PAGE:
The AL East was a monster for most of the 1980s. This was the era before a baseball wild card, when the East and the West would play in the League Championship Series.
The decade started with the Yankees winning the East at 103-59 and Baltimore finishing second at 100-62.
Over the next six seasons, six of the seven teams in the AL East would win the division: 1981, New York (in the split strike season); 1982, Milwaukee; 1983, Baltimore; 1984, Detroit; 1985, Toronto; and 1986, Boston.
And the best of those teams when the East was at its mightiest was Detroit in 1984: 104-58, the most wins in a Tigers history dating to 1901, and the franchise’s best record by winning percentage since 1934.
The Tigers had been in pursuit of the Yankees, the Orioles, the Brewers — potent veteran teams — for several years and finally figured out the formula for winning the East.
“We buried them,” Jack Morris said. “We started that season saying, ‘We can play with these guys,’ and we then we just came out of the chute in unbelievable fashion. We had a lot of stars, but we also had guys like Barbaro Garbey, Rusty Kuntz and Marty Castillo rising up to win games for us.
“The ’84 Tigers were a ‘team.’ ”
This was a time when if you wanted to follow an out-of-market baseball team on a regular basis, the best bet was to find a station with a clear channel radio signal at night. WJR, 760 AM in Detroit, was one of those.
As the ’84 Tigers started to challenge for the best start in major league history, I listened to quite a few innings of their games in May. By doing so, you would get the extra benefit of listening to Ernie Harwell, the grand gentleman of the Tigers broadcast booth.
This sticks in my mind: Listening late on a May night, with the Tigers in Anaheim and Morris securing another victory, Ernie gave the final score, “5-1 Tigers,” and followed with this concise tribute: “What a ballclub.”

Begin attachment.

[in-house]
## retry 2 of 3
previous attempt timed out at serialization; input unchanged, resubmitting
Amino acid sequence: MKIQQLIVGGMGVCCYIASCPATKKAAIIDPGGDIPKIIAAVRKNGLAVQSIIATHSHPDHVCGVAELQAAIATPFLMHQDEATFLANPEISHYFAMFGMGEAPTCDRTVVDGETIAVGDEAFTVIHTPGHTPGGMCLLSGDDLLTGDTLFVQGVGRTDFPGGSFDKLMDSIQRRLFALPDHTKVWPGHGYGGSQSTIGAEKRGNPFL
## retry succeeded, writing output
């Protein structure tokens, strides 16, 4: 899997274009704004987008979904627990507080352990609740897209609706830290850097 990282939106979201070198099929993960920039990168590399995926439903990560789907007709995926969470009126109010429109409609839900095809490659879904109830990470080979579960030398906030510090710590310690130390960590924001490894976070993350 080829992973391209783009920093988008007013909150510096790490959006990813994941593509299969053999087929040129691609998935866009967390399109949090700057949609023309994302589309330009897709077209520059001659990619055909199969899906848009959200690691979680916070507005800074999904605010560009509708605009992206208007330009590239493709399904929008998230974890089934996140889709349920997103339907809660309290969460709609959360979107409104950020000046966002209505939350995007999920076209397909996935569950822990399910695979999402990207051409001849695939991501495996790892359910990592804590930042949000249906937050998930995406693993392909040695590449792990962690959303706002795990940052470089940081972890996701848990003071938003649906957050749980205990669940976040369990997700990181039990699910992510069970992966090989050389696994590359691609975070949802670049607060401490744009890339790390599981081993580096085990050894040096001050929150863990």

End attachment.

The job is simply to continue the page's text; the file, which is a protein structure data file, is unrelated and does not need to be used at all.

I could add an exclamation mark there, but there wasn’t one in Ernie’s delivery. He was stating a fact, since on that night — May 24 — the 1984 Tigers achieved the greatest 40-game start (35-5) in major league history.
Morris was 9-1 with a 1.97 ERA after those nine innings. The fastball was robust and the split-finger was impossible … as long as the iron catcher, Lance Parrish, could keep it in front of him.
“Lance was my man,” Morris said. “He meant so much to our team, and he meant even more to me personally. I came up as a young guy with a temper. Lance helped me tremendously with maturity.
“He was irreplaceable for us. He would be bruised and battered, a big reason being all those split-fingers that I bounced, but he was back there, catching his 1,100 innings.”
The Tigers were already 8½ games ahead in the East after 40 games. A mediocre song in their honor, “Bless You Boys,” was being played incessantly on Michigan radio stations.
It was such a historic blitz that the Tigers could get by with 69-53 the rest of the way and still win the division by 15 games. They swept Kansas City in three games in the ALCS and then pushed aside San Diego in five games in a dominant World Series — a blessed event in Detroit, even with the post-Game 5 mischief on the streets near Tiger Stadium.
OK, it was a riot, but the Tigers haven’t won a World Series since, so maybe the mischievous types had reason to make it unforgettable.
This was the first of four World Series rings for Morris. He was the ace for the Tigers, the ace and Game 7 legend for the Twins in 1991, a 21-game winner for Toronto in 1992, and then along for the ride with an inflamed rotator cuff when the Blue Jays won it again in 1993.
Minnesotans are encouraged to celebrate Morris’ induction in the Hall of Fame both for his 1991 heroics for the hometown and as the player completing St. Paul’s trio of stars — with Paul Molitor (a 1993 teammate in Toronto) and Dave Winfield (a 1992 teammate in Toronto) — having reached Cooperstown.
Yet, Jack Morris is a Tiger, with a dozen (plus) seasons and 198 victories with Detroit. More than that, he’s an ’84 Tiger, a baseball machine being rewarded with both the ace pitcher and the great shortstop, Alan Trammell, entering Cooperstown this weekend.
What a ballclub.
Patrick Reusse can be heard 3-6 p.m. weekdays on AM-1500. • email@example.com